A cybersecurity framework is a set of guidelines for business environments to manage security effectively. Cybersecurity frameworks are adaptive and usually cover multiple aspects of cybersecurity programs, including security controls, appropriate safeguards and mitigation, appropriate activities, risk management programs, protective technology, continuous monitoring, as well as cybersecurity incident response planning and recovery planning. They can be applied to various information systems and may help manage external service providers. Such frameworks don’t focus on the web but can be applied to web security and also show how it needs to be a part of the big picture.
It is a common misconception that cybersecurity frameworks are methodologies that are meant only for large organizations. In large environments, they are indispensable but they may be used just as successfully as a baseline for small private sector organizations, helping stakeholders to focus on what’s important in their cybersecurity posture.
Popular cybersecurity frameworks
The term cybersecurity framework is very general and may apply to different types of guidelines. The following are some of the popular cybersecurity frameworks:
- The NIST Framework (Framework for Improving Critical Infrastructure Cybersecurity), developed by the National Institute of Standards and Technology, is currently one of the most popular if not the most popular and complete general cybersecurity frameworks. ISO 27001 Information Security Management is another such renowned general standard. It is designed as a set of requirements for an information security management system (ISMS).
- Other cybersecurity frameworks focus on specific controls. For example, NIST SP 800-53 is a set of security and privacy controls and CIS Controls are a prioritized set of actions to protect an organization and data from known cyber attack vectors.
- There are cybersecurity frameworks that focus on cybersecurity risk management. ISO 27005:2018 Information Security Risk Management focuses on the management of cybersecurity risk for information technology. FAIR risk management defines building blocks for implementing effective cyber risk management processes and programs.
- There are also specialized frameworks perceived as security standards for specific industries or scenarios: PCI DSS, COBIT, HIPAA, and more.
To see, how web security fits in a cybersecurity framework, we can take the NIST CSF as an example. While NIST CSF may not be the ideal fit for your organization and you may decide to follow a different framework instead, the basic approach remains the same.
To effectively use the NIST CSF or any other cybersecurity framework in your organization, you can’t focus just on web security. Web security is and always will be part of the bigger picture. The NIST CSF is meant to achieve organizational understanding in all cybersecurity areas, not just web security, and to help you design security policies that interweave all the aspects together.
NIST cybersecurity framework and the web
The NIST CSF is composed of three parts. The Framework Core is a set of cybersecurity activities, desired outcomes, and common references. It presents standards, guidelines, and practices in a way that lets you communicate cybersecurity activities and outcomes across all levels of the organization. It contains four elements: Functions, Categories, Subcategories, and Informative References. The Framework Implementation Tiers focus on cybersecurity risk and processes to manage that risk. The Framework Profile contains repeatable outcomes based on business needs selected from the Framework Categories and Subcategories.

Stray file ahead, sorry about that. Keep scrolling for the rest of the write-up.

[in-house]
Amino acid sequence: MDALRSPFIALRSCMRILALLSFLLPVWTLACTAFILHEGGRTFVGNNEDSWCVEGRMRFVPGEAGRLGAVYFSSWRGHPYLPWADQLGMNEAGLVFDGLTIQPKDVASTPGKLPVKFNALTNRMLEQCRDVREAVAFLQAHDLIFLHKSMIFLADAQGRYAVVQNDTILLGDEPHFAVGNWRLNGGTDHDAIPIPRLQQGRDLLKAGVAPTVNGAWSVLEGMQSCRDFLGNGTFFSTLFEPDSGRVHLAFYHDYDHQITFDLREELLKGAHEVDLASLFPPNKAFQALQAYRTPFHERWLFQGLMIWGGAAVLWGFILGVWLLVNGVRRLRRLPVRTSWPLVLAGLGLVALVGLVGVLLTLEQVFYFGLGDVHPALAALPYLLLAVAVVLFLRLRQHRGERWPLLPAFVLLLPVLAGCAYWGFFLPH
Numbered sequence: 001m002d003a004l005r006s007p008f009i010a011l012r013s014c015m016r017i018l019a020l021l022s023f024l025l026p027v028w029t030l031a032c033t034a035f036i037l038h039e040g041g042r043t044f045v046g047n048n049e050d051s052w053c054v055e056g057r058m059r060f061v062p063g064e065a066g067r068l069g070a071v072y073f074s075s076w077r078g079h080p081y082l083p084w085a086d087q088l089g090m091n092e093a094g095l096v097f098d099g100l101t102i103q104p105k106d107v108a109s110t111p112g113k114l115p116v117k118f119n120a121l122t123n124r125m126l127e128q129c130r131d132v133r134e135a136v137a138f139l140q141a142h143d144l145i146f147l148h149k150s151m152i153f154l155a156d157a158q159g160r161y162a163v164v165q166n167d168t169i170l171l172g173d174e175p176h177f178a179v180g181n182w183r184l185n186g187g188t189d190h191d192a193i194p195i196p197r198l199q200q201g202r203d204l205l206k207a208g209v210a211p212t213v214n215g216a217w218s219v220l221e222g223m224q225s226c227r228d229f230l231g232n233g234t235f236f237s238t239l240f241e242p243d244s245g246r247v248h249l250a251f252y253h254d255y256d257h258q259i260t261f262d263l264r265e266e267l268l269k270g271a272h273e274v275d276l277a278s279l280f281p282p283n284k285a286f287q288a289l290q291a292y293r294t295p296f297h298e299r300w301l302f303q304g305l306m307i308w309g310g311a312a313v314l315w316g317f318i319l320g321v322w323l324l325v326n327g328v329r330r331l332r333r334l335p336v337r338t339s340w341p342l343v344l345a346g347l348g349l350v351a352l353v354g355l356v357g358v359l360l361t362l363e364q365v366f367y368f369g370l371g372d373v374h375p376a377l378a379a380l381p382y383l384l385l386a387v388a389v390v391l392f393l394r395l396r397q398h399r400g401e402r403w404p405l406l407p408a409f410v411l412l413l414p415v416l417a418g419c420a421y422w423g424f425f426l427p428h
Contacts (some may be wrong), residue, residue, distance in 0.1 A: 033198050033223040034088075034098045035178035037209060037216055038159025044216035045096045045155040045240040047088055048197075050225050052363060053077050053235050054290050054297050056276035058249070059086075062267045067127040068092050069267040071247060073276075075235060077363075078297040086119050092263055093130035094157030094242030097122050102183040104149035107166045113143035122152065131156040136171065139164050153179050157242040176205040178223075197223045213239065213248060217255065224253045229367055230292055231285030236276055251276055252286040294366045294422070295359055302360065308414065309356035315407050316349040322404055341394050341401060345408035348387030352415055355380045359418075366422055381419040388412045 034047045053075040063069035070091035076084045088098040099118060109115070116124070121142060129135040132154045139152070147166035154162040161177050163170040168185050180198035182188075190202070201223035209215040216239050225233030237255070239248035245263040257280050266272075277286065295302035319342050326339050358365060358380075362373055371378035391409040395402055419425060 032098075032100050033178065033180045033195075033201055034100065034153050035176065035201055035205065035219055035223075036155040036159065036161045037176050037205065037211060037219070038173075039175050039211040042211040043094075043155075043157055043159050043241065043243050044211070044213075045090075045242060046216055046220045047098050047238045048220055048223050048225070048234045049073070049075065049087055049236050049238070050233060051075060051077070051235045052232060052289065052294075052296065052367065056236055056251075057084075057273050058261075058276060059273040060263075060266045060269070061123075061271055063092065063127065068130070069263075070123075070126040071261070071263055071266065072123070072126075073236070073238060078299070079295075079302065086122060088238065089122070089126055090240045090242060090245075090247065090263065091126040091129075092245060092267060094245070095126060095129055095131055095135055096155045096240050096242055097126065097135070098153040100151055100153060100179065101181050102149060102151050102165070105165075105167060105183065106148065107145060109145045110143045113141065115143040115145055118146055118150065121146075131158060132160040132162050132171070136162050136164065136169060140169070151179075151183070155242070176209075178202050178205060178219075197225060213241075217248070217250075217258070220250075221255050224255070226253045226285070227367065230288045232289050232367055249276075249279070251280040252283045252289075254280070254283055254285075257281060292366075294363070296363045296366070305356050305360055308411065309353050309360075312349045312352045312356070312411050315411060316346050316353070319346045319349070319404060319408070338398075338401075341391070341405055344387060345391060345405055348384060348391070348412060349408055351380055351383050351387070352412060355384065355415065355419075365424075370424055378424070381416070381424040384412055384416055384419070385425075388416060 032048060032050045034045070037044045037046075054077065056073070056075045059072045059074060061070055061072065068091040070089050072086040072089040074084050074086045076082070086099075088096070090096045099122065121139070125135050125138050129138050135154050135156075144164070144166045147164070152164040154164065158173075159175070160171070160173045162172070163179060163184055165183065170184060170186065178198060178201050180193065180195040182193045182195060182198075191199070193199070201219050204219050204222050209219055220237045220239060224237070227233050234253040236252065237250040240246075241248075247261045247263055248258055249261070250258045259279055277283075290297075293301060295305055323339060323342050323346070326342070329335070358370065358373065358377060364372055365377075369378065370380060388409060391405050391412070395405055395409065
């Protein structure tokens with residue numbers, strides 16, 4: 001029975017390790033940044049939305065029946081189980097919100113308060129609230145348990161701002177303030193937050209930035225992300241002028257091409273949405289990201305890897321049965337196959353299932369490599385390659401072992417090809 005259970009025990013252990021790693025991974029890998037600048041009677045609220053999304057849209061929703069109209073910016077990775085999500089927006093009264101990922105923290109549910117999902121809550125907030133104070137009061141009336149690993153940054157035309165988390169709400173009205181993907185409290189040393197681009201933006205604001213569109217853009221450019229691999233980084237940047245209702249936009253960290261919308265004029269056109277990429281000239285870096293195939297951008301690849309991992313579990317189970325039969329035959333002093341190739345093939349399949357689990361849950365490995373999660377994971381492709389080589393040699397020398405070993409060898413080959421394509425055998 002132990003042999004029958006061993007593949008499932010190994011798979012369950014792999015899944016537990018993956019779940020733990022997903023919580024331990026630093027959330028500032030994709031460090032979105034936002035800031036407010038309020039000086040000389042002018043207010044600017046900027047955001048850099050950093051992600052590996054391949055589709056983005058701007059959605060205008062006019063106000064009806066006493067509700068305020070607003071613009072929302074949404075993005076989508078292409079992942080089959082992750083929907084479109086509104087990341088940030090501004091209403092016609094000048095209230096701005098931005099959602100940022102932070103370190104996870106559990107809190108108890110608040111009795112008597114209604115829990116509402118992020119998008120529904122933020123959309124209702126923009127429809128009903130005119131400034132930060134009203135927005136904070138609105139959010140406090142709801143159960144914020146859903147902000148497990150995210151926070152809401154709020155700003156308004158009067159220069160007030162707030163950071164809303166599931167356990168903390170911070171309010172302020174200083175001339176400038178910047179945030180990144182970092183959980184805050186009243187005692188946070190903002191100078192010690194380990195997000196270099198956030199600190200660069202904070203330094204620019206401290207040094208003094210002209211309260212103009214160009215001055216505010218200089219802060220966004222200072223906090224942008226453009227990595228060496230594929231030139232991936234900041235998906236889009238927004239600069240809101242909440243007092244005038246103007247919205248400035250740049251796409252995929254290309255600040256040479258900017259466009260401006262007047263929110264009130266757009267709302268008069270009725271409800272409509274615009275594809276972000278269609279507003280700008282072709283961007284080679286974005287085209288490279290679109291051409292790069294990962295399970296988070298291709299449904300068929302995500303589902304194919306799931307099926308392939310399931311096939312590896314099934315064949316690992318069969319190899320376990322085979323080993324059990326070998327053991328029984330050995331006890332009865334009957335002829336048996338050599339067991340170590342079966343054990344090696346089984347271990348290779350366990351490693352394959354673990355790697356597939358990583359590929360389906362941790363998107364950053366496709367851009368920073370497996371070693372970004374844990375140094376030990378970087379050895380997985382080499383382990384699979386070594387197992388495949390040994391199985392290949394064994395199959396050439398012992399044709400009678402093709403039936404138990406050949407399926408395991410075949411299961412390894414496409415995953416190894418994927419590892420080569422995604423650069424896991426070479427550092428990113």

To see clearly, how the NIST CSF applies to web security, it’s best to look at the structure of the Framework Core functions. At the top level of the Core are the following functions: Identify, Protect, Detect, Respond, and Recover. Each of the Functions contains several categories, for example, the Identify function contains categories such as Asset Management, Business Environment, Governance, Risk Assessment, Risk Management Strategy, and Supply Chain Risk Management. Each of these categories has specific subcategories that define desired outcomes.
None of the NIST CSF elements are meant specifically for the web but many of them apply to web security as well. Here are some notable examples:
- ID.AM-2: Software platforms and applications within the organization are inventoried: This outcome applies to web applications as well. To reach this outcome, you need to find a way to create an inventory of all web applications in your organization.
- ID.RA-2: Cyber threat intelligence is received from information sharing forums and sources: From the point of view of the web, this means that external sources are needed to know about potential web cybersecurity events, for example, new attack vectors.
- PR.DS-5: Protections against data leaks are implemented: Critical data and sensitive information is often accessible using web applications. To avoid data breaches and guarantee data security, organizations must implement suitable web access controls. Many recent leaks were caused by unprotected documents accessible via the web.
- DE.CM-8: Vulnerability scans are performed: The fact that vulnerability scanning is highlighted as a separate category shows its importance in detection processes according to NIST.
Acunetix and Invicti may help your organization reach several outcomes highlighted by NIST CSF including those mentioned above.
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*** This is a Security Bloggers Network syndicated blog from Web Security Blog – Acunetix authored by Tomasz Andrzej Nidecki. Read the original post at: https://www.acunetix.com/blog/web-security-zone/cybersecurity-frameworks-web-security/